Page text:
Animals have been used as totems by Native Americans who are given a strong totem, such as an eagle or mountain lion, to protect them. Sports teams use animals as mascots to imply strength (Detroit Tigers). Countries even use mascots such as Great Britain, who uses the symbol of the bulldog to imply tenacity. And, the Bible says that "Jesus is also known as "The Lion of the tribe of Judah" (Revelation 5:5).
A theological study of the use of animals to describe human behaviours or moral standing finds that animals are used throughout biblical history. The serpent of Genesis is the first representation of something other than human interacting with someone human. Eve was tempted by the evil serpent and then became evil herself when she then tempted Adam. The dreaded "Beast" of Revelation (the last book of the New Testament) ends the Bible. There are approximately one hundred twenty different animals mentioned in the Bible (Hammond).
Animals are treated different culturally as well. In India the cow is a holy animal because of the Hindu belief that cows are descendents of Lord Krishna. Another Hindu belief is that cows are the mother of all civilizations (Nature Magazine). Cows are cared for carefully and gently moved aside if someone needs to move past them. Other cultures embrace animal images and attributes. In Greece and Rome cats were kept as pets because they symbolized liberty. Egyptians kept cats because they were considered sacred. Aborigines of Australia have the wildcat as their totem. China and Japan share the fear that cats are associated with witchery. Throughout the world animals and their images are a part of people's lives and cultures.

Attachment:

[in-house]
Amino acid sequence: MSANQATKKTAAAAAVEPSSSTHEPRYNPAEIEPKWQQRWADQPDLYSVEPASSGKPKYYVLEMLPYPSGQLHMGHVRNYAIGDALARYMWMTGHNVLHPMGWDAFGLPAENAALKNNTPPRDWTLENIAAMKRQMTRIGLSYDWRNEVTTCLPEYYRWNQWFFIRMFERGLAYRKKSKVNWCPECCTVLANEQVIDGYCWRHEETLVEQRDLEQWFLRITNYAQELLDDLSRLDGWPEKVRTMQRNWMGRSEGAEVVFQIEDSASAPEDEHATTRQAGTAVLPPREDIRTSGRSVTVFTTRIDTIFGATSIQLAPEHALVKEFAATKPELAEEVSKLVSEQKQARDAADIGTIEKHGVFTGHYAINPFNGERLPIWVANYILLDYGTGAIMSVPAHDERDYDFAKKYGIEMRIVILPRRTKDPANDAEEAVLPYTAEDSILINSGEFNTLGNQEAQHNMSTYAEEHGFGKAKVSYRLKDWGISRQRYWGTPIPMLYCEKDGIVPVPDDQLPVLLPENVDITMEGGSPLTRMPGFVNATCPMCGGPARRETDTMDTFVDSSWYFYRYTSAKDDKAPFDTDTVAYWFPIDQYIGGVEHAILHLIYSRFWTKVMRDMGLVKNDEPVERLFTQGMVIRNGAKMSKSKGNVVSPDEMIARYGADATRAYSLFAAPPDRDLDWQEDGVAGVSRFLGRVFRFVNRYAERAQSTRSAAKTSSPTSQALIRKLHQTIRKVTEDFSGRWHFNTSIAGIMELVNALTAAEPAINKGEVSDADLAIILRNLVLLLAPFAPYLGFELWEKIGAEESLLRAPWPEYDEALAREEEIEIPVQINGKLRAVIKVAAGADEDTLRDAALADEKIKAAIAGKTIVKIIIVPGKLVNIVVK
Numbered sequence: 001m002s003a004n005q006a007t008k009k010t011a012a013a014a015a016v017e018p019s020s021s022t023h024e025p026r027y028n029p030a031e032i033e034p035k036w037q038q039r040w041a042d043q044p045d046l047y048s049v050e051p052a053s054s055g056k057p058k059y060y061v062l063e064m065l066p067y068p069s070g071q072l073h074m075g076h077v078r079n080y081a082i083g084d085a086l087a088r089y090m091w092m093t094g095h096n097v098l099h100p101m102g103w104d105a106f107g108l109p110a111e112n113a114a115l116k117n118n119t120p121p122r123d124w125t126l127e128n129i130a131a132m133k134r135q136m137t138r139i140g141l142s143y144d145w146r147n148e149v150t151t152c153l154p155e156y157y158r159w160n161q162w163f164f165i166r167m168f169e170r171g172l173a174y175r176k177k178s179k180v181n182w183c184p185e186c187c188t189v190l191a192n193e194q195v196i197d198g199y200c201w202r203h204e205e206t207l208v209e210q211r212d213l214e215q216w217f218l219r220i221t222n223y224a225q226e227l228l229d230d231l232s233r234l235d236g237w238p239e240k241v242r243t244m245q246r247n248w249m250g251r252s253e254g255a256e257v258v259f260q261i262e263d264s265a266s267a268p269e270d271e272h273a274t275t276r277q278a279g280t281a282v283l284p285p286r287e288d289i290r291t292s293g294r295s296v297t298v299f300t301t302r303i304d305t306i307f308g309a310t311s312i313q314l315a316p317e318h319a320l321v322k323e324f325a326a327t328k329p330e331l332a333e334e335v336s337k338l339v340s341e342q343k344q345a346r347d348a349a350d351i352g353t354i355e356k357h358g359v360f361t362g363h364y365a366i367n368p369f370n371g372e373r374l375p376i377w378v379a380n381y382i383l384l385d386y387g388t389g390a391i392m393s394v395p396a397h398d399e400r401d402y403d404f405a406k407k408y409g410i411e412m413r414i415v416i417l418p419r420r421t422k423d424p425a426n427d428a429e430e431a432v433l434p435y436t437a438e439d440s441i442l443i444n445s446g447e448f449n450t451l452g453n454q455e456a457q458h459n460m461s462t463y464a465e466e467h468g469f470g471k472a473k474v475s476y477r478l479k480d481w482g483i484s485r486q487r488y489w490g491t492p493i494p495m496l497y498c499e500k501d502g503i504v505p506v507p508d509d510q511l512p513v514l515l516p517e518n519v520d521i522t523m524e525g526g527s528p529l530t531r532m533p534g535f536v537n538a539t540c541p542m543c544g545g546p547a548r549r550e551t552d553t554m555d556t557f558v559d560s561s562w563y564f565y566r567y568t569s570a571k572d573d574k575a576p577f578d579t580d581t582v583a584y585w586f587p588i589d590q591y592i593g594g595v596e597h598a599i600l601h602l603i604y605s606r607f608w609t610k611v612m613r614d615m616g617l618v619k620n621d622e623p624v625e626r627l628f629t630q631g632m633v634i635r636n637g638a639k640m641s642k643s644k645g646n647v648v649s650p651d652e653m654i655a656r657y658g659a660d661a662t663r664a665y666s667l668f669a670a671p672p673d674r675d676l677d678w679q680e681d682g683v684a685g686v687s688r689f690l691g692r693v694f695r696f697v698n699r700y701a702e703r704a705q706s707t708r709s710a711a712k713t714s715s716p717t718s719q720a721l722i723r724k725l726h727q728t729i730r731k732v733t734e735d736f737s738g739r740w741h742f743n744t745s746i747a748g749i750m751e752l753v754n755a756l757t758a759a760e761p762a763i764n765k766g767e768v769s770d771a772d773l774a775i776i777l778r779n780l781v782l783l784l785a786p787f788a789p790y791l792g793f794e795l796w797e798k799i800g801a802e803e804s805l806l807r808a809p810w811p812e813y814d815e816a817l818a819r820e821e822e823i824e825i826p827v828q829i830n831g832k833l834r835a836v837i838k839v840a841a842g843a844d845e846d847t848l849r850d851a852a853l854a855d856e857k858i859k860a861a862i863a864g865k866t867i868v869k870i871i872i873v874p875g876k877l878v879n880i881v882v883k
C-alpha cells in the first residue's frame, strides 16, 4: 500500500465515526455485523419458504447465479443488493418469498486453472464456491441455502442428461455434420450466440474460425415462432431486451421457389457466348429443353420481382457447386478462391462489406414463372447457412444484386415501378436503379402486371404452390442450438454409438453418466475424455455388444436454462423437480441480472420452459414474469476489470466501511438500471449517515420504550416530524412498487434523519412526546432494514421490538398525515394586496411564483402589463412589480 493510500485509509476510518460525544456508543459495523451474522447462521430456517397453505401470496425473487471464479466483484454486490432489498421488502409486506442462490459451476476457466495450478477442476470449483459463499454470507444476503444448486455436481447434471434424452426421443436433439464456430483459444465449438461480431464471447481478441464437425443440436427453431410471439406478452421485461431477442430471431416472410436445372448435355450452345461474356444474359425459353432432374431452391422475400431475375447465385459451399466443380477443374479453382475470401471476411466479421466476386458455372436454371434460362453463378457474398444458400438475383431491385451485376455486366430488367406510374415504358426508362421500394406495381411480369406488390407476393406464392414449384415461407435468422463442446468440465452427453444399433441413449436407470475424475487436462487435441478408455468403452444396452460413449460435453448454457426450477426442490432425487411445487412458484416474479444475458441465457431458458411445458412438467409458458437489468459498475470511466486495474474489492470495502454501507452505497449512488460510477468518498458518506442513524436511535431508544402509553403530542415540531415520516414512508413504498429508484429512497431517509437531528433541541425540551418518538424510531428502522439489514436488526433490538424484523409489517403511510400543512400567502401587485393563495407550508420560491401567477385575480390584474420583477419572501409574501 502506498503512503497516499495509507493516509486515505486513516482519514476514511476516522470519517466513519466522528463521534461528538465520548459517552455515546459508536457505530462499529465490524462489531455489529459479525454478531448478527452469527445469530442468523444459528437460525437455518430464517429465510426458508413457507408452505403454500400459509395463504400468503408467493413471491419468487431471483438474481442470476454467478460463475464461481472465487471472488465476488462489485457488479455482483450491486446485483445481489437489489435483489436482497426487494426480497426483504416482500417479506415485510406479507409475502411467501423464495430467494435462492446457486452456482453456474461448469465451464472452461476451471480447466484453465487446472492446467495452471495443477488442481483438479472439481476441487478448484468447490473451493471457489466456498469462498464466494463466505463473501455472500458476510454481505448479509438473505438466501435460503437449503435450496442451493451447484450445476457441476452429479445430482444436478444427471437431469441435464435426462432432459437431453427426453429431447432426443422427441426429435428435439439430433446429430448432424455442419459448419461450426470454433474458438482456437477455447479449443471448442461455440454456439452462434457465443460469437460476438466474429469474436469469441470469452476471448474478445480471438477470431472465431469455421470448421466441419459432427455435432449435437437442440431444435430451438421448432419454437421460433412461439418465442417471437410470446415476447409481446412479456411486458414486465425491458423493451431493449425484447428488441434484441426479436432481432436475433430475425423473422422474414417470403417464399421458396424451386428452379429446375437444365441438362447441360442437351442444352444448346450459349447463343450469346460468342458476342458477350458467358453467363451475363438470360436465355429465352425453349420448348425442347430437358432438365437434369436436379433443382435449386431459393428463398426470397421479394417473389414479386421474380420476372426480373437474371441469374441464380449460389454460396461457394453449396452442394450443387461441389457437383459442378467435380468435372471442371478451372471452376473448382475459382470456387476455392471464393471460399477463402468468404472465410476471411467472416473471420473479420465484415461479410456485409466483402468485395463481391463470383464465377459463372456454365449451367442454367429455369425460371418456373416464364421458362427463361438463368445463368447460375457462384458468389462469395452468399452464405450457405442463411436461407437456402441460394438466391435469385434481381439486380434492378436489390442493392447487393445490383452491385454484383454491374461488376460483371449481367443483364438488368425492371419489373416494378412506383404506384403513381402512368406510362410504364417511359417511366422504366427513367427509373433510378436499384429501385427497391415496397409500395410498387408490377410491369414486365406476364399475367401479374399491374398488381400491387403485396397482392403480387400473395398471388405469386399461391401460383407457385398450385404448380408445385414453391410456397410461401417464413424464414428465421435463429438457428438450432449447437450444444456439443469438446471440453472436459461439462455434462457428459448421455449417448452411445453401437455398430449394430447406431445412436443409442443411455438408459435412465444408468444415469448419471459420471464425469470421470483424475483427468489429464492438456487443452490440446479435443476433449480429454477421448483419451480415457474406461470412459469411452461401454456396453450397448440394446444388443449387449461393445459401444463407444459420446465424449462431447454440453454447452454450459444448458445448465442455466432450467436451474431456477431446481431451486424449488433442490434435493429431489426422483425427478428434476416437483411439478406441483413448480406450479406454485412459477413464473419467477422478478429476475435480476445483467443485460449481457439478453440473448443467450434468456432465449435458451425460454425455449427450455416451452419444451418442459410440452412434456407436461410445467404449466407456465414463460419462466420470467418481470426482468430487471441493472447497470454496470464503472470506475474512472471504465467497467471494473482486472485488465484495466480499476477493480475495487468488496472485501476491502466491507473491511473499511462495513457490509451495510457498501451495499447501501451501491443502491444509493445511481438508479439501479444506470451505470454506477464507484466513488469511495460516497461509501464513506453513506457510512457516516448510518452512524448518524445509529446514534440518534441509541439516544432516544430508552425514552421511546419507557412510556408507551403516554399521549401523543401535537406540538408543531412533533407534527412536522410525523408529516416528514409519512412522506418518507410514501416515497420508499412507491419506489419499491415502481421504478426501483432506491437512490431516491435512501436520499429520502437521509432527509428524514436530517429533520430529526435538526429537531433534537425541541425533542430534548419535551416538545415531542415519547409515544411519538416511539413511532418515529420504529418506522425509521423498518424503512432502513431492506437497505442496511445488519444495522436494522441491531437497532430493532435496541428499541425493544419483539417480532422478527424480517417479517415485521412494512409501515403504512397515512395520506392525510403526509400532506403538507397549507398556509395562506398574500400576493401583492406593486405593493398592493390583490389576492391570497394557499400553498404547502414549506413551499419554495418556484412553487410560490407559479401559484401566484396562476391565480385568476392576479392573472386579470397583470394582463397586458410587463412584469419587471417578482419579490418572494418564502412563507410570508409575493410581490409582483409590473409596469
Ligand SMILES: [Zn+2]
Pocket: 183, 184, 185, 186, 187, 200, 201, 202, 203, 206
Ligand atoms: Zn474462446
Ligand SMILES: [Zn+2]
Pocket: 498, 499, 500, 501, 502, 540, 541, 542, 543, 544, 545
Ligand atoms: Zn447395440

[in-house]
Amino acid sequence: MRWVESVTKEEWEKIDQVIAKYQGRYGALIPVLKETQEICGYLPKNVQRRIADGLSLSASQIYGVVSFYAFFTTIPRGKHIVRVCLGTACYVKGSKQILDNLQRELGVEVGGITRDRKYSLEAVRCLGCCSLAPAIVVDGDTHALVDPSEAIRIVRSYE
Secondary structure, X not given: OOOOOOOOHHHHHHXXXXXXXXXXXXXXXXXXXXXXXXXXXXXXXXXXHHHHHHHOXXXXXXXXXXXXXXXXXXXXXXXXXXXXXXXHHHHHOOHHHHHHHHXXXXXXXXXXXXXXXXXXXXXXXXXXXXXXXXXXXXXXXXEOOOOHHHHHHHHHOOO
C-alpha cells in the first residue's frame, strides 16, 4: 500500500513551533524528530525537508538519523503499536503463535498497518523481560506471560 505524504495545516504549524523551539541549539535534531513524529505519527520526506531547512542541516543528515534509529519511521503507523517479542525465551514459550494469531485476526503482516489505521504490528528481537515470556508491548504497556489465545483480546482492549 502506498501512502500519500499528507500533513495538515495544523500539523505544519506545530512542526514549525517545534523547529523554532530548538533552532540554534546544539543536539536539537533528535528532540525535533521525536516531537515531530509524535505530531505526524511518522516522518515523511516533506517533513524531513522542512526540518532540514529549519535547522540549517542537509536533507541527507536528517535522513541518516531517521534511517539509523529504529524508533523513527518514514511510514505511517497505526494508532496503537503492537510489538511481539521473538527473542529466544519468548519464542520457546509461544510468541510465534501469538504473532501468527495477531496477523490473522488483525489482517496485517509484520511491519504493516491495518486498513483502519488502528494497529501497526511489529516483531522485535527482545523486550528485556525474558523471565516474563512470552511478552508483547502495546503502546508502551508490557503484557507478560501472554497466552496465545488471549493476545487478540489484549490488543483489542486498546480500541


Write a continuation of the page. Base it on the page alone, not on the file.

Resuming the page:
There is also a belief in some countries that human-animal hybrids exist (like the werewolf and vampire) and are evil and can cause harm to humans. This type of belief is passed on from one generation to another and is perpetuated in movies and books.
Although animals are powerful and sometimes dangerous man has created an us vs. them attitude that puts animals in their place because they are just not human. Man is superior to animal regardless of the animal's physical attributes. The idea that humans have ethical "wills" that animals just don't have is widely accepted. Despite all the possible positive attributes that animals have they are not "human" thus they are subordinate to humans.
How animals are represented
Animals are represented both positively and negatively throughout history. "Your room is a pigsty!" or "you're eating like a pig" insinuates that pigs are dirty, messy animals. "He runs like a gazelle" means he runs fast. "Dog-faced" means you're ugly while "cute as a kitten" means you are very cute. "I'm hungry like a wolf" asserts that you are very hungry!
Animals are represented as powerful but subhuman. In our own language animals are addressed as "that" in writing vs. she/he. For example if the trash cans were knocked over the owner might ask "who" did that" if he thought a person did it, or "what did that" if he thought an animal was responsible. Our culture treats people as subjective and animals as objective.(Noske)
Because animals are subordinate t